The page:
Why I Am A Truvada Whore

May 20, 2014
AHF
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BY CHRISTOPHER GLAZEK

I’ve been taking PrEP for over six months, and have urged many friends to follow suit—sadly too late for some.

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Last November, one month after he began taking Truvada as part of demonstration project in San Francisco, 26-year-old Adam Zeboski saw an article in Huffington Post that made his blood boil. The article, written by an HIV-positive freelance writer named David Duran, was titled “Truvada Whores?” and expressed concern that promiscuous gay men were lining up to take an AIDS prevention pill so they could continue having dangerous bareback sex. The author was not entirely opposed to PrEP; he thought it was appropriate for serodiscordant couples in monogamous relationships—not for unattached young sluts. Many healthcare providers agreed, just as they did in the 1960s, when most doctors refused to prescribe birth control pills to unmarried women.

Zeboski, whose uncle had died of AIDS in 1987, the year before he was born, was not taking Truvada to become a “whore.” “At the time,” he told me, “I was in a monogamous—well, sort of monogamous—relationship with someone who was HIV positive.” Under Duran’s logic, he was part of PrEP’s “deserving poor,” a category of people who merited protection from HIV because they were purusing stable, domestic relationships and not using PrEP as sex-life accelerator. Under the birth control analogy, Zeboski was a good 50s housewife, not a radical young harlot tempting married men.

The problem was that Zeboski’s problem was not that he felt targeted by the article—it was that he thought that everyone deserved protection from HIV, not just people who had coupled with someone HIV-positive. Zeboski didn’t have much tolerance for slut-shaming—he had endured quite enough as a Catholic school student growing up in Sacramento, where abstinence-only sex education was the order of the day. He saw a similar spirit behind the AIDS Healthcare Foundation’s vigorous and well-funded PrEP defamation campaign, which was on on vivid display earlier this year when Michael Weinstein, AHF’s president and co-founder, has told Buzzfeed Truvada was a “party drug” and that its strongest advocates were all “associated with bareback porn.”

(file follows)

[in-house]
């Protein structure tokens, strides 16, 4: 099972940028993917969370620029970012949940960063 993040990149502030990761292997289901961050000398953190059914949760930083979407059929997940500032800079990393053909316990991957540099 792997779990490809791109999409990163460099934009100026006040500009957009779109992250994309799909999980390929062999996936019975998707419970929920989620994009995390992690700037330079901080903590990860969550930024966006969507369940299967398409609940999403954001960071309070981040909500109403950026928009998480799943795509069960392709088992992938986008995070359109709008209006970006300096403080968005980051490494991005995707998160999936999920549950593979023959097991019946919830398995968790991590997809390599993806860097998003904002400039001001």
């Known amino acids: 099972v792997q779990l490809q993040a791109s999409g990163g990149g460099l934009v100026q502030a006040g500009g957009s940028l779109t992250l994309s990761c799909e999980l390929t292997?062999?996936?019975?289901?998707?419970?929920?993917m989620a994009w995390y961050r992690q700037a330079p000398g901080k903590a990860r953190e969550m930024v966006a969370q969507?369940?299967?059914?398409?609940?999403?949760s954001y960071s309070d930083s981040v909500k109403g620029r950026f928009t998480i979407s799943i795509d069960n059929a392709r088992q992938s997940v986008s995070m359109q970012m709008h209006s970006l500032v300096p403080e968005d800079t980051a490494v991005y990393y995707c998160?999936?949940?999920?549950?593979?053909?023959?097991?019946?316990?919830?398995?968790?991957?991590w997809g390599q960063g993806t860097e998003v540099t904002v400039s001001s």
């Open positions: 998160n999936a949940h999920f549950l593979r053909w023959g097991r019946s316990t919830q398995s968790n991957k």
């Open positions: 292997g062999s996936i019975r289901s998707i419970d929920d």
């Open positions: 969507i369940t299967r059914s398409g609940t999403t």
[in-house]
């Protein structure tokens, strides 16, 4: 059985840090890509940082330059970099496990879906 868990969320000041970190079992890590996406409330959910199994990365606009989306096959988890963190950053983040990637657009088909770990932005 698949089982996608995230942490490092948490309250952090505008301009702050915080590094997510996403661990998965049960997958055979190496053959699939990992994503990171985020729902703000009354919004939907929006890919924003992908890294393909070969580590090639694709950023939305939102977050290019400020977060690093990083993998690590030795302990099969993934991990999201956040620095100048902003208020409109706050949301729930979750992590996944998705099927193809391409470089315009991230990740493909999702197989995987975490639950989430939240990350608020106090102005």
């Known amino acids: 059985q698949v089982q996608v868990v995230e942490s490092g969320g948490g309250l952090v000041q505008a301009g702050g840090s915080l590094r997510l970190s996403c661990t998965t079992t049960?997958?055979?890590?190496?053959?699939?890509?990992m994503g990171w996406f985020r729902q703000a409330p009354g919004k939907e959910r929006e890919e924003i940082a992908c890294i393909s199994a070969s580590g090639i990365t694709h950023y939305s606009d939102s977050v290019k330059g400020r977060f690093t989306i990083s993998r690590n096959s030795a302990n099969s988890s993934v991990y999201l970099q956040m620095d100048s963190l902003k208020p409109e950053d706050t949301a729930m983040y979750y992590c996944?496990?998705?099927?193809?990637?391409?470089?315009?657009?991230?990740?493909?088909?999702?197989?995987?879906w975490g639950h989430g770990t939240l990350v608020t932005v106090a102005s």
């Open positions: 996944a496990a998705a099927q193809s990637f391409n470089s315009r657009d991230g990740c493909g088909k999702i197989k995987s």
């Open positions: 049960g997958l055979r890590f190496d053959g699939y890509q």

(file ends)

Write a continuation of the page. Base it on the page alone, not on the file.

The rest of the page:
Where others saw random yelling, Zeboski saw an opportunity. He decided to hijack the “Truvada Whore” meme by designing and selling a striking sky-blue tshirt printed with the hashtag “#TruvadaWhore.” (Perhaps in a nod to Weinstein’s barebacking claim, he also created an alternate version for his friend, porn star Blue Bailey, that reads “I#TruvadaWhores,” meant to be read “I pound Truvada Whores”). “I knew I wanted to do something connected to social media, and something that was funny and cute,” Zeboski told me. “I also knew I wanted it to be blue, because the pill’s that color.” So far he’s sold about 200 shirts and is funneling the modest profits back to the AIDS organizations.

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